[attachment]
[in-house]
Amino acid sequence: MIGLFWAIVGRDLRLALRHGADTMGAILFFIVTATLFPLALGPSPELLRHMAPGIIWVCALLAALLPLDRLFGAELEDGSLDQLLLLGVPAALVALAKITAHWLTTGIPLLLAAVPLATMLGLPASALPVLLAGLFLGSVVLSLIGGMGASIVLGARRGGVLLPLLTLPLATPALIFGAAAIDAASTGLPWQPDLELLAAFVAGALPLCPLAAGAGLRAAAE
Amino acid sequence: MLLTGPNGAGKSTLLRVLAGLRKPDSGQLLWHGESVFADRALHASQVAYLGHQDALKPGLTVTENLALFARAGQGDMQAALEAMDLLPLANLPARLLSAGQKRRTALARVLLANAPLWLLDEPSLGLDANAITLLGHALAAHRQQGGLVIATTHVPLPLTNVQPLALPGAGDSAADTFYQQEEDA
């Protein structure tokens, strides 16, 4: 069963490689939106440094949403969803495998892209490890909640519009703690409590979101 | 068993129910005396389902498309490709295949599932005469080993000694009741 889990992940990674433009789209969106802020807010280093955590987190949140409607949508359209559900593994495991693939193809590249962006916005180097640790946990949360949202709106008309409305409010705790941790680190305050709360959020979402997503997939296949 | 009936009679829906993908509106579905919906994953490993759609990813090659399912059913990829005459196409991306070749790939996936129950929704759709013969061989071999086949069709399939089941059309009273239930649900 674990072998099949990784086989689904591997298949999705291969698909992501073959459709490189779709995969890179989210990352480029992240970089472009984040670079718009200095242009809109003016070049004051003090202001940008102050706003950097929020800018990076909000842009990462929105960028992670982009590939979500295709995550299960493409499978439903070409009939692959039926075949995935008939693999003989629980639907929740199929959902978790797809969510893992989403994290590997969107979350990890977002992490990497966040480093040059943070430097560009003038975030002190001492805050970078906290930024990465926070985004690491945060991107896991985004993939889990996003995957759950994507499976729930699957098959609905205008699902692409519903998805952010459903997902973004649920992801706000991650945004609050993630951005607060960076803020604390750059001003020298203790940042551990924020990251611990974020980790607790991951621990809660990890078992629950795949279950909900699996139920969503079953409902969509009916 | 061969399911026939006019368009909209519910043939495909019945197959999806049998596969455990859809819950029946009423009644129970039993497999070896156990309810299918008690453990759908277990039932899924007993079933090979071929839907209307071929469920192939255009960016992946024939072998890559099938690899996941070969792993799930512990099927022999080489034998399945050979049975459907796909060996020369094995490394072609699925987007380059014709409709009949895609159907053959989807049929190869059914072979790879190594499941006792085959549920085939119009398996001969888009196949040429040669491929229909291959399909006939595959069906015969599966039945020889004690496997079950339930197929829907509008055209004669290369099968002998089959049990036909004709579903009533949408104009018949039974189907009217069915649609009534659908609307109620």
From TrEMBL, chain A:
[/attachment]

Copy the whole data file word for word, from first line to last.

[in-house]
Amino acid sequence: MIGLFWAIVGRDLRLALRHGADTMGAILFFIVTATLFPLALGPSPELLRHMAPGIIWVCALLAALLPLDRLFGAELEDGSLDQLLLLGVPAALVALAKITAHWLTTGIPLLLAAVPLATMLGLPASALPVLLAGLFLGSVVLSLIGGMGASIVLGARRGGVLLPLLTLPLATPALIFGAAAIDAASTGLPWQPDLELLAAFVAGALPLCPLAAGAGLRAAAE
Amino acid sequence: MLLTGPNGAGKSTLLRVLAGLRKPDSGQLLWHGESVFADRALHASQVAYLGHQDALKPGLTVTENLALFARAGQGDMQAALEAMDLLPLANLPARLLSAGQKRRTALARVLLANAPLWLLDEPSLGLDANAITLLGHALAAHRQQGGLVIATTHVPLPLTNVQPLALPGAGDSAADTFYQQEEDA
């Protein structure tokens, strides 16, 4: 069963490689939106440094949403969803495998892209490890909640519009703690409590979101 | 068993129910005396389902498309490709295949599932005469080993000694009741 889990992940990674433009789209969106802020807010280093955590987190949140409607949508359209559900593994495991693939193809590249962006916005180097640790946990949360949202709106008309409305409010705790941790680190305050709360959020979402997503997939296949 | 009936009679829906993908509106579905919906994953490993759609990813090659399912059913990829005459196409991306070749790939996936129950929704759709013969061989071999086949069709399939089941059309009273239930649900 674990072998099949990784086989689904591997298949999705291969698909992501073959459709490189779709995969890179989210990352480029992240970089472009984040670079718009200095242009809109003016070049004051003090202001940008102050706003950097929020800018990076909000842009990462929105960028992670982009590939979500295709995550299960493409499978439903070409009939692959039926075949995935008939693999003989629980639907929740199929959902978790797809969510893992989403994290590997969107979350990890977002992490990497966040480093040059943070430097560009003038975030002190001492805050970078906290930024990465926070985004690491945060991107896991985004993939889990996003995957759950994507499976729930699957098959609905205008699902692409519903998805952010459903997902973004649920992801706000991650945004609050993630951005607060960076803020604390750059001003020298203790940042551990924020990251611990974020980790607790991951621990809660990890078992629950795949279950909900699996139920969503079953409902969509009916 | 061969399911026939006019368009909209519910043939495909019945197959999806049998596969455990859809819950029946009423009644129970039993497999070896156990309810299918008690453990759908277990039932899924007993079933090979071929839907209307071929469920192939255009960016992946024939072998890559099938690899996941070969792993799930512990099927022999080489034998399945050979049975459907796909060996020369094995490394072609699925987007380059014709409709009949895609159907053959989807049929190869059914072979790879190594499941006792085959549920085939119009398996001969888009196949040429040669491929229909291959399909006939595959069906015969599966039945020889004690496997079950339930197929829907509008055209004669290369099968002998089959049990036909004709579903009533949408104009018949039974189907009217069915649609009534659908609307109620």
From TrEMBL, chain A: